Adult Social Care: Views from the Sector - Chapter Care
Chapter Care operate in North Devon and provide domiciliary care and support to users throughout the county, including to many in hard to reach places. According to 2017 census data, 25 per cent of people living in North Devon are over the age of 65, making it an interesting example to demonstrate the effect of increased demand on care services. In the second part of our series on adult social care, we spoke to Company Director Jeff Wilton-Love who puts forward an innovative method to solve the care recruitment crisis and calls for care services to become VAT Zero Rated.
As the green paper is once more delayed, the effect of this uncertainty is hitting those within the care sector. Commenting on this delay, Jeff explained:
“With regards to the green paper, I think the delay is giving a lack of clarity as to direction. Until we know what is in it, we can’t look forward and have no idea what difference the content could make. We can all assume things but it doesn’t allow us to make proper strategic plans and therefore we have no idea what changes could be suggested. I think the whole care sector can see the problems we are facing and are hoping to get them addressed in some respect. I know I am waiting with baited breath to find out if we are still battling a seemingly endless battle or whether there has been real recognition of what we are dealing with daily.”
As mentioned in our introduction to this series, one of the key issues facing the care sector is filling staff vacancies and ensuring that when workers join the care sector, they stay. Key to achieving this is raising wages: those care workers on the lowest wages are most likely to leave the sector and nearly a third of those paid between £7.20 and £7.49 left their care job in 2016/17. This was a key priority for Jeff, who told us:
“In the paper, I would love to see the disparity in pay addressed as we need to be able to compete with supermarkets and restaurants. However, going further, I think there is a strong need for the entire industry to be brought “up-to-date” and to change perceptions. Professionalism through standardised training and a recognised at-work qualification would be an excellent step.
"The NVQ that we do at the moment is ok but we need it to go further and I would suggest we pull things in line with nurse training. The qualification should be a stepping stone into nursing and, in fact, if we could make this the case, we could offer perhaps a three year social care placement as a career path into the NHS. It would be a fantastic recruitment tool and also would double as a feeder into the NHS for nurses.”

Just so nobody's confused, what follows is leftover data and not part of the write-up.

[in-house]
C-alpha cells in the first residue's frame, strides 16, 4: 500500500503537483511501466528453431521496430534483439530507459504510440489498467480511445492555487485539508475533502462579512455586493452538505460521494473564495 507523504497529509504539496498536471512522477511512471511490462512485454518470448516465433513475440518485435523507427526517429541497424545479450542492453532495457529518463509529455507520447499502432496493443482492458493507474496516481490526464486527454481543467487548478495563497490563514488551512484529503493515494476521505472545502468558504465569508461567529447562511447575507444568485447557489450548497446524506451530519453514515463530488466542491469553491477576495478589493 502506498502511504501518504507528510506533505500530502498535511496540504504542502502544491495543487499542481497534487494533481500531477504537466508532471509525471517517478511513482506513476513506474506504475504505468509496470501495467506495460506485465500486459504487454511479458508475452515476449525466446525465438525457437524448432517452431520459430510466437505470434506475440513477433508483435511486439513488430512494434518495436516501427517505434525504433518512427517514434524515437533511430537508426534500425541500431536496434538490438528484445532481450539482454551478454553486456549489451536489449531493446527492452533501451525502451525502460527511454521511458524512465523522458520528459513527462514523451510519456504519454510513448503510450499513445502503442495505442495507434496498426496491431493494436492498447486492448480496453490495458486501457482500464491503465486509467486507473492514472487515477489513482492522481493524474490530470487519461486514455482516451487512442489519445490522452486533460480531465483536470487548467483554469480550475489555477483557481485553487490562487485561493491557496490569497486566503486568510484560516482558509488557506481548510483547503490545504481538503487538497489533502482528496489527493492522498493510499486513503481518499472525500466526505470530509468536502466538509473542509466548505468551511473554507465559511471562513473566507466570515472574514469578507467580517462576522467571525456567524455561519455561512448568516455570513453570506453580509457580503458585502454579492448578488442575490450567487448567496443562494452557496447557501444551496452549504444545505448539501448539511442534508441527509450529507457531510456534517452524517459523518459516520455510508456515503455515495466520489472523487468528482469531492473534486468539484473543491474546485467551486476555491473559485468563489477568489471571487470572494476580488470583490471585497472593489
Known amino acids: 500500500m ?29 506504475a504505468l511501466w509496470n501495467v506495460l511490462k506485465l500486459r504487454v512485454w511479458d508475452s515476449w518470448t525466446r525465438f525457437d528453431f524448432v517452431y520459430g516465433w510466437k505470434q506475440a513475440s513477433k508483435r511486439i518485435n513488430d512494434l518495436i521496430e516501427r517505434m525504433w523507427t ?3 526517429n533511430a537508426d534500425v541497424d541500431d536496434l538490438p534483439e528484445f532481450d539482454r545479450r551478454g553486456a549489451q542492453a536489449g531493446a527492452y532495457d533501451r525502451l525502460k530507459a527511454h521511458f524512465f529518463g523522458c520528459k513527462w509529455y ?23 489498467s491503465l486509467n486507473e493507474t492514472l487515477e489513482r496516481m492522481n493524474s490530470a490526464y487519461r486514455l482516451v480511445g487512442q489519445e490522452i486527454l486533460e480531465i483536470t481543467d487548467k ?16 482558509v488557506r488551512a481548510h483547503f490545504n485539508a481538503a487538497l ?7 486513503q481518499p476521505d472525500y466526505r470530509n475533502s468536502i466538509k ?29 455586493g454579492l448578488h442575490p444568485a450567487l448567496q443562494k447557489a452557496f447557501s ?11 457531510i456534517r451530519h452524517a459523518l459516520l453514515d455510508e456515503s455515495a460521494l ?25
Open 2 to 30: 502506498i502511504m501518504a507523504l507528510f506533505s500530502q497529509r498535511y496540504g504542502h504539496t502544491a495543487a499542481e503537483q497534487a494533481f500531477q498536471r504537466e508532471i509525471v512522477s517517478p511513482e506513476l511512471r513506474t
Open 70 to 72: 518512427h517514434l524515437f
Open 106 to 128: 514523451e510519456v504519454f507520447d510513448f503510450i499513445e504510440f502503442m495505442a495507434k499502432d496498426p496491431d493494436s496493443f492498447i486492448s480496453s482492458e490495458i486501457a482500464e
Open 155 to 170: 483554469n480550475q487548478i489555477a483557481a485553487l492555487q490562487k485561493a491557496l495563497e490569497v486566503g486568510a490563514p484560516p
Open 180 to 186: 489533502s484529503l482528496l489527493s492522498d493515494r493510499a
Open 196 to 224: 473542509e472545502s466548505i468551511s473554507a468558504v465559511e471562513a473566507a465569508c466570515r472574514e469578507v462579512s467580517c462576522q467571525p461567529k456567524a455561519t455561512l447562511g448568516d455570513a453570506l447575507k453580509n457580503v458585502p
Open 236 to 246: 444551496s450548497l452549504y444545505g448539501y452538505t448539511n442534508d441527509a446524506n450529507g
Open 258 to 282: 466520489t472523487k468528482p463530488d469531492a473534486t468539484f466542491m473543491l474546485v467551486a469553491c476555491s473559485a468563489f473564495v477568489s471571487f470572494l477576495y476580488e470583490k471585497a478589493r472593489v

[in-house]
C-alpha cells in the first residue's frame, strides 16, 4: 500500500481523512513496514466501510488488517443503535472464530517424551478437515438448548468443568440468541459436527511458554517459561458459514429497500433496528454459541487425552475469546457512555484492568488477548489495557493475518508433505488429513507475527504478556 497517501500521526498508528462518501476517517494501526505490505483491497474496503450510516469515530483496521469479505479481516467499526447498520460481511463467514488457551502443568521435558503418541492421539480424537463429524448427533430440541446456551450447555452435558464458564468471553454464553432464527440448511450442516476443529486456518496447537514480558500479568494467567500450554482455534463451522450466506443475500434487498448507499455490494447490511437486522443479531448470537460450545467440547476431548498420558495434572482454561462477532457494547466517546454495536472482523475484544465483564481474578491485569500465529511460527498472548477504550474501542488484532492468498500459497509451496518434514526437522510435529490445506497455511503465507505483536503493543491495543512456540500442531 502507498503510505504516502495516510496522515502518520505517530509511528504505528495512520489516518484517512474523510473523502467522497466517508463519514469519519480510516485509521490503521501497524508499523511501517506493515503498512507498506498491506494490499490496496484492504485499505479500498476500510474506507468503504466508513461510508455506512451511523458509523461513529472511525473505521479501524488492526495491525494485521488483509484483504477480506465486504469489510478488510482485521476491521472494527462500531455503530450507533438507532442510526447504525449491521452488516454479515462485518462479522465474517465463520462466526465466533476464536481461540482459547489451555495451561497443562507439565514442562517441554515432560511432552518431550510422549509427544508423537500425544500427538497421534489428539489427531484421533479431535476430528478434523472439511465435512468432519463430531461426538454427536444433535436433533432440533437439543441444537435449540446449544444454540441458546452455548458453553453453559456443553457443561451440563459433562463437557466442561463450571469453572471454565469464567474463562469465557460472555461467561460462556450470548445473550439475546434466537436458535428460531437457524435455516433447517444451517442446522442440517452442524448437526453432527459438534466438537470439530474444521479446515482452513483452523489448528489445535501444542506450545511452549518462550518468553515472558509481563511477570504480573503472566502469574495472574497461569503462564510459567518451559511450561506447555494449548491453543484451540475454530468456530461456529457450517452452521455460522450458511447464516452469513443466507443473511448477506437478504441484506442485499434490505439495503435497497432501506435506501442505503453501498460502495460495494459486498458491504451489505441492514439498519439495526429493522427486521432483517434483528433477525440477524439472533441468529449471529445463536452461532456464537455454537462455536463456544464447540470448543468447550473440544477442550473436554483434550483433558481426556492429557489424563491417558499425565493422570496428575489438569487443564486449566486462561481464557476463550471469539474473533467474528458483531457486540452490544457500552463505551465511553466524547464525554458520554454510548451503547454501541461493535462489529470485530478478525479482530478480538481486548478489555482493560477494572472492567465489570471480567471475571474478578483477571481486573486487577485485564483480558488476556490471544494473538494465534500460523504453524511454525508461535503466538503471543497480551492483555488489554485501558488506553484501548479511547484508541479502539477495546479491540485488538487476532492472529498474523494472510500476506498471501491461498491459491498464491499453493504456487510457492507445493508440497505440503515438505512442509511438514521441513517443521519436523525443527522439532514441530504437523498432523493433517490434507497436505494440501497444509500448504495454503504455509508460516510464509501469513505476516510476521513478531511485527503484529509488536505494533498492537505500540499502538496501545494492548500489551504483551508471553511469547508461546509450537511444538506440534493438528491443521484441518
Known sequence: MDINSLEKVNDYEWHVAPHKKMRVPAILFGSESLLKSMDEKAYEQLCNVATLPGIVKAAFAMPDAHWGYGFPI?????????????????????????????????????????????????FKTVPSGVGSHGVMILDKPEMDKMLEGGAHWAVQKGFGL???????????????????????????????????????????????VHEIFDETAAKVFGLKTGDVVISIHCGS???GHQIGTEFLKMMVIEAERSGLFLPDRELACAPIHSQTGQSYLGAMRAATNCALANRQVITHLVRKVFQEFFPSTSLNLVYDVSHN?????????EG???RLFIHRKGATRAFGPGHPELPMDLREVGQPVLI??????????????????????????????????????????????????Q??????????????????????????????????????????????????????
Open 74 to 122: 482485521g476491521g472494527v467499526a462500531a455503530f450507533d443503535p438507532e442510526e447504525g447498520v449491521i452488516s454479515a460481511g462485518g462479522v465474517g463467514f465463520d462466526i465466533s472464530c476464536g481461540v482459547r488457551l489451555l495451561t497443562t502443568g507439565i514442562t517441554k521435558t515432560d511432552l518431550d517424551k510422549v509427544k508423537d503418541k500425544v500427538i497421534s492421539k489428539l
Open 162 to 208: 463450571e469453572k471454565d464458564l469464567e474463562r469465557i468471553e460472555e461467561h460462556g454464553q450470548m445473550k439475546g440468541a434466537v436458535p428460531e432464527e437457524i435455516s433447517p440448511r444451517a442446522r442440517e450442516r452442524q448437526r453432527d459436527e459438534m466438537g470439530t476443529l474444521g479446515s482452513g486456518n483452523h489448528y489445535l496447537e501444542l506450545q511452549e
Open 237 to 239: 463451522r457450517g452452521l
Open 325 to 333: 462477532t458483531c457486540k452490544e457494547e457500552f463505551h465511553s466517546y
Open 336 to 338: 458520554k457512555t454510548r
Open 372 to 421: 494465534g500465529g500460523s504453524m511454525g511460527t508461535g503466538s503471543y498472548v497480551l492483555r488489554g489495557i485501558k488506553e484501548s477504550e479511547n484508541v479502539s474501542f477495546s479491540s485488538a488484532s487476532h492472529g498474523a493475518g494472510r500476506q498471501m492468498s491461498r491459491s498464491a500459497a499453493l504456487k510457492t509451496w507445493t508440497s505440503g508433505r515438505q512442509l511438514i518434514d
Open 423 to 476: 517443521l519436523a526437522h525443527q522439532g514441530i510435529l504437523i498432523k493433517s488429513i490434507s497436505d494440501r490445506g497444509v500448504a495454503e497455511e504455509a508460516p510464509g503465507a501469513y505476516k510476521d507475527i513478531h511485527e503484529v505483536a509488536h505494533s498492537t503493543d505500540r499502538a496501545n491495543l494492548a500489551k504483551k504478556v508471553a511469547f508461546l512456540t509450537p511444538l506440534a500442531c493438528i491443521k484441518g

Another key issue facing care services is the disparity between the cost of their services and the rates they are paid by the local authority. In 2016/17, local authorities paid, on average, £15.52 to external providers for one hour of home care. This is 16 per cent below the £18.01 rate that the United Kingdom Home Care Association said had is necessary for care providers to deliver sustainable services. To help support care services financially, Jeff explained the need to revisit the VAT status of care services. He explained:
“We cannot charge VAT but we have to pay it on everything, including everything we use for work, aprons, gloves etc, and can claim none back. This is unfair: every other business can claim VAT back and this is putting more pressure on an already pressurised sector.
“I understand we cannot charge VAT on our service and that is fine but if we had a change to Zero Rated for example, we could still offer VAT free on our service but could claim back any charges that are incurred when purchasing anything, just like every other business.
“This would allow us to invest in other areas. I looked at bringing in Telecare to try and improve our service but the fact we needed to pay VAT on everything, and couldn’t claim any back, meant we weren’t able to proceed. I want to look at ways to bring more money into our business and pay our staff better; VAT exempt status prevents this. I think it’s a completely unfair position to be sitting in, especially while we are paid so little. Let us have opportunity as a business to build: we could invest and bring more money in.”